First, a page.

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Measuring knowledge spillovers: What patents, licenses and publications reveal about innovation diffusion

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  • Nelson, Andrew J.

Abstract

Measurement of knowledge spillovers remains an important challenge. While patent citation analyses are one common empirical approach, questions persist about their efficacy and potential biases. In an effort to assess various measures of knowledge diffusion, this paper compares patent data surrounding recombinant DNA technology to licenses and publications building on the same technology. Evaluation of these measures highlights errors of both omission and over-representation in each measure, and reveals potential biases tied to organizational age and location. The results suggest that studies of knowledge diffusion can be strengthened dramatically by drawing upon multiple indicators.

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Bibliographic Info

Article provided by Elsevier in its journal Research Policy.

Volume (Year): 38 (2009)
Issue (Month): 6 (July)
Pages: 994-1005

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Handle: RePEc:eee:respol:v:38:y:2009:i:6:p:994-1005

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Web page: http://www.elsevier.com/locate/respol

Related research

Keywords: Patents Licenses Publications Innovation diffusion Knowledge spillovers;

References

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Citations

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Cited by:
  1. Jason P. Davis & Yulia Muzyrya & Pai-Ling Yin, 2014. "Experimentation Strategies and Entrepreneurial Innovation: Inherited Market Differences in the iPhone Ecosystem," Discussion Papers 13-029, Stanford Institute for Economic Policy Research.
  2. Marianna EPICOCO (GREThA, CNRS, UMR 5113 & DSLW, University of Milan), 2012. "Knowledge patterns and sources of leadership: mapping the semiconductor miniaturization trajectory," Cahiers du GREThA 2012-09, Groupe de Recherche en Economie Théorique et Appliquée.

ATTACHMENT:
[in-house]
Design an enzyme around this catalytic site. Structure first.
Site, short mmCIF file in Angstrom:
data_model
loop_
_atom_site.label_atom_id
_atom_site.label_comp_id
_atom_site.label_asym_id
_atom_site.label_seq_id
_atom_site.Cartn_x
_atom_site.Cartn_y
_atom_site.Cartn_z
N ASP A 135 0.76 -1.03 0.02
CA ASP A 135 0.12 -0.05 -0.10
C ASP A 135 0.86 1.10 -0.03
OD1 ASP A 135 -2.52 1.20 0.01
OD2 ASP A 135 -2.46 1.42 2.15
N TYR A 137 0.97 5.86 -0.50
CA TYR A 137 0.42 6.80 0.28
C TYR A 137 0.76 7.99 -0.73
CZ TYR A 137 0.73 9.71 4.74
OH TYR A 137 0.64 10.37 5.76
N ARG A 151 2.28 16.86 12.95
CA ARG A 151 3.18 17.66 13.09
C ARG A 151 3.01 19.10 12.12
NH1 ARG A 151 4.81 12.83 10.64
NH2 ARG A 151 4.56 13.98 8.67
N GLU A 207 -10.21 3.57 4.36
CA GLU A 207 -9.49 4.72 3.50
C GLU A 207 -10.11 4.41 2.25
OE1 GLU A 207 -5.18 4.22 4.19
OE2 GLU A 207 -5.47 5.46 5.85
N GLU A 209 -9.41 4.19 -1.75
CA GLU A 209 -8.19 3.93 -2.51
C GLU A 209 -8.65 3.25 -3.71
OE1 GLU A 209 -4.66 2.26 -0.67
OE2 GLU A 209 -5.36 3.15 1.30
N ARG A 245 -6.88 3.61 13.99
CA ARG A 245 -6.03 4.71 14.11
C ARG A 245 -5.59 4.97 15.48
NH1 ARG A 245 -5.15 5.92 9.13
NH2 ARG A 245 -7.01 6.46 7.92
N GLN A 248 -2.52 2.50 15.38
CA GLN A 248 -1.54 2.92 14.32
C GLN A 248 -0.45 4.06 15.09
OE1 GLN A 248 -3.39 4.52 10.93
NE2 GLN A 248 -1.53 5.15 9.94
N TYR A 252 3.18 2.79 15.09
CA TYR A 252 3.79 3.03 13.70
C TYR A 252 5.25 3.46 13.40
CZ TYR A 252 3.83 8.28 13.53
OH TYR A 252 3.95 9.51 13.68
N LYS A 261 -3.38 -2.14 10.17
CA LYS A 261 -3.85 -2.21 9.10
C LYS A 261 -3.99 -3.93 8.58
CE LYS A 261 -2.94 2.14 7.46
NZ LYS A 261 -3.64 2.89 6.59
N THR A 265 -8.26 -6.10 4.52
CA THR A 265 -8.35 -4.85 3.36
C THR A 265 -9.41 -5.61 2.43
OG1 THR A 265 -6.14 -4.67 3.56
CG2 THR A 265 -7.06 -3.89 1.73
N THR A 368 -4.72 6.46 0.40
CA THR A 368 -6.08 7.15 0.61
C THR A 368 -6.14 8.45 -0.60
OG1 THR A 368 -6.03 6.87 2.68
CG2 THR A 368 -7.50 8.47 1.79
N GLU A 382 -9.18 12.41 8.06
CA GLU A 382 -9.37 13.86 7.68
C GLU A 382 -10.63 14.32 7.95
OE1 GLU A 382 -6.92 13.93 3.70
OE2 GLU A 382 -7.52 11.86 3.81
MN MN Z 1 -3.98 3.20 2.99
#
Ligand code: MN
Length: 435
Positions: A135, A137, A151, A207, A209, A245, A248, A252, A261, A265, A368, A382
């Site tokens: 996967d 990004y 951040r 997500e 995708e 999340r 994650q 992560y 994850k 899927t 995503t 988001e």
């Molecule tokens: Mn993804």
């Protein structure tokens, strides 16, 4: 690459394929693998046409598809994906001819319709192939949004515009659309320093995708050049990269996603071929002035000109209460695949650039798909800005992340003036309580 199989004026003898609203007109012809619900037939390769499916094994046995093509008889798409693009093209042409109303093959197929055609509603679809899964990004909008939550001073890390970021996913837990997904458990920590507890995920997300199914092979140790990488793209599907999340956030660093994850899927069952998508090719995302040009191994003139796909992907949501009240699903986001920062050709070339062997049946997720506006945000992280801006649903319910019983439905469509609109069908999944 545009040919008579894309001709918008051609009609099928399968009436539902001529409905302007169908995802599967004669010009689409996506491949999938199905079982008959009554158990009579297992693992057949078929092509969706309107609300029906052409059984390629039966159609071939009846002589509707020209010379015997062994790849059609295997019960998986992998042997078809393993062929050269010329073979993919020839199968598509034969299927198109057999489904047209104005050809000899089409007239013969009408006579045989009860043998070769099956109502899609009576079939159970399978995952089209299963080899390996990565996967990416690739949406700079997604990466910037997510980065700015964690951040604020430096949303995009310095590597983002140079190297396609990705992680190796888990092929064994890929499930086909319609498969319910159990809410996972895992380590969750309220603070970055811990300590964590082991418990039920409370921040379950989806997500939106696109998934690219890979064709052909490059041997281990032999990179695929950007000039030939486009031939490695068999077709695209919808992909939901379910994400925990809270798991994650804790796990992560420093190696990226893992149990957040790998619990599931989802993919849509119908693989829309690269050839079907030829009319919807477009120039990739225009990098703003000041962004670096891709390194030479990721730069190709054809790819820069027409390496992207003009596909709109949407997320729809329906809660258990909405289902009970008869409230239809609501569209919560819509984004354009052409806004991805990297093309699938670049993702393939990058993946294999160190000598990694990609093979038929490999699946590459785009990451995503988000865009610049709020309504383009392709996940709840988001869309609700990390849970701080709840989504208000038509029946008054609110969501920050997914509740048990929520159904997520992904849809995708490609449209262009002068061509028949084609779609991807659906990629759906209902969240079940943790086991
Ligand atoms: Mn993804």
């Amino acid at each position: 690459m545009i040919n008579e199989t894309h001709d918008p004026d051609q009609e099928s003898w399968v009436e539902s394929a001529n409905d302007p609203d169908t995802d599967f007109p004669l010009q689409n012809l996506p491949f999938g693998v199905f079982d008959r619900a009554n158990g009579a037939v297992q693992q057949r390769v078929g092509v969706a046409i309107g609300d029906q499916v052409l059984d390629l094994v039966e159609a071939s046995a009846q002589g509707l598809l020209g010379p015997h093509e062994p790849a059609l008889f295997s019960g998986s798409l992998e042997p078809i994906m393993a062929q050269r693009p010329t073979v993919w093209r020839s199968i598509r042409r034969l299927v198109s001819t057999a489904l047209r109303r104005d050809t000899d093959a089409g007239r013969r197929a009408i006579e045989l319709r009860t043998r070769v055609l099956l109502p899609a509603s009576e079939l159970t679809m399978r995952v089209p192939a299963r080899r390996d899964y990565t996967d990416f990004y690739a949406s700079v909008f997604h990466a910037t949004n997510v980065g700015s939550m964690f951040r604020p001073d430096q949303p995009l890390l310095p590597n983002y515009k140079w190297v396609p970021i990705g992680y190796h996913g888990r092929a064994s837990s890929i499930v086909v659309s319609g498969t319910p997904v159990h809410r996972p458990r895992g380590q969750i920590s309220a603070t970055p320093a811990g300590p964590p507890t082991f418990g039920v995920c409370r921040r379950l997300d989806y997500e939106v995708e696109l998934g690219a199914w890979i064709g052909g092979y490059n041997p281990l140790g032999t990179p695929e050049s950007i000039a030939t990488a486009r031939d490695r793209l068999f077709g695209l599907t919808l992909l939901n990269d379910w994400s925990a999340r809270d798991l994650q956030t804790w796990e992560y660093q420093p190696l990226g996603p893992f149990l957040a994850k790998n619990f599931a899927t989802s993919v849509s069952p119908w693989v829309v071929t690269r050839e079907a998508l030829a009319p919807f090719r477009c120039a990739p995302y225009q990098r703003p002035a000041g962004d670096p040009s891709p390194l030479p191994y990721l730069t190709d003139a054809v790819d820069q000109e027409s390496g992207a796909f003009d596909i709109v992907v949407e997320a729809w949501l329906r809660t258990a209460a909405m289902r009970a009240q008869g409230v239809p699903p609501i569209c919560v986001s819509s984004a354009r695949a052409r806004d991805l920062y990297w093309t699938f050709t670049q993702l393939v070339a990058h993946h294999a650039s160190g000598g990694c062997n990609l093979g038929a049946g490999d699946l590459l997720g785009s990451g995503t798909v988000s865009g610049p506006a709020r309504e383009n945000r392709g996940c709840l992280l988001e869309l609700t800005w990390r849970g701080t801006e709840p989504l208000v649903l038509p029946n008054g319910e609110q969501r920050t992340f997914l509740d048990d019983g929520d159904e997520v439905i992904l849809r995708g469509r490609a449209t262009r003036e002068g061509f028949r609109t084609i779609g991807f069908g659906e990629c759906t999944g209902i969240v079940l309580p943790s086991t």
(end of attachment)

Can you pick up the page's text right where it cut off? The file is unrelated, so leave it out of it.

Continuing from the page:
3. Haeussler, Carolin & Colyvas, Jeannette A., 2011. "Breaking the Ivory Tower: Academic Entrepreneurship in the Life Sciences in UK and Germany," Research Policy, Elsevier, vol. 40(1), pages 41-54, February.
  4. ZHAO Ting & ZHAO Wei, 2012. "Dynamic Externalities and Manufacturing Productivity: An empirical comparison among China's top three municipalities," Discussion papers 12072, Research Institute of Economy, Trade and Industry (RIETI).
  5. Nelson, Andrew J., 2012. "Putting university research in context: Assessing alternative measures of production and diffusion at Stanford," Research Policy, Elsevier, vol. 41(4), pages 678-691.
  6. Nelson, Andrew & Earle, Andrew & Howard-Grenville, Jennifer & Haack, Julie & Young, Doug, 2014. "Do innovation measures actually measure innovation? Obliteration, symbolic adoption, and other finicky challenges in tracking innovation diffusion," Research Policy, Elsevier, vol. 43(6), pages 927-940.
  7. Jian Li & Kunrong Shen & Ru Zhang, 2011. "Measuring Knowledge Spillovers: A Non-appropriable Returns Perspective," Annals of Economics and Finance, Society for AEF, vol. 12(2), pages 265-293, November.
  8. Grimaldi, Rosa & Kenney, Martin & Siegel, Donald S. & Wright, Mike, 2011. "30 years after Bayh-Dole: Reassessing academic entrepreneurship," Research Policy, Elsevier, vol. 40(8), pages 1045-1057, October.
  9. Andrea Bonaccorsi & Cinzia Daraio, 2013. "Knowledge spillover effects at the sub-regional level. Theory and estimation," DIAG Technical Reports 2013-13, Department of Computer, Control and Management Engineering, Universita' degli Studi di Roma "La Sapienza".
  10. Binz, Christian & Truffer, Bernhard & Coenen, Lars, 2014. "Why space matters in technological innovation systems—Mapping global knowledge dynamics of membrane bioreactor technology," Research Policy, Elsevier, vol. 43(1), pages 138-155.
  11. De Fuentes, Claudia & Dutrénit, Gabriela, 2011. "SMEs´ absorptive capacities and large firms´ knowledge spillovers: Micro evidence from Mexico," CIRCLE Electronic Working Papers 2011/1, Lund University, CIRCLE - Center for Innovation, Research and Competences in the Learning Economy.
  12. Claudia de Fuentes & Gabriela Dutrénit, 2013. "SMEs’ Absorptive Capacities and Large Firms’ Knowledge Spillovers: Micro Evidence from the Machining Industry in Mexico," Institutions and Economies (formerly known as International Journal of Institutions and Economies), Faculty of Economics and Administration, University of Malaya, vol. 5(1), pages 1-30, April.
  13. Jeannette Colyvas & Kaisa Snellman & Janet Bercovitz & Maryann Feldman, 2012. "Disentangling effort and performance: a renewed look at gender differences in commercializing medical school research," The Journal of Technology Transfer, Springer, vol. 37(4), pages 478-489, August.
  14. Taylor, Margaret & Taylor, Andrew, 2012. "The technology life cycle: Conceptualization and managerial implications," International Journal of Production Economics, Elsevier, vol. 140(1), pages 541-553.

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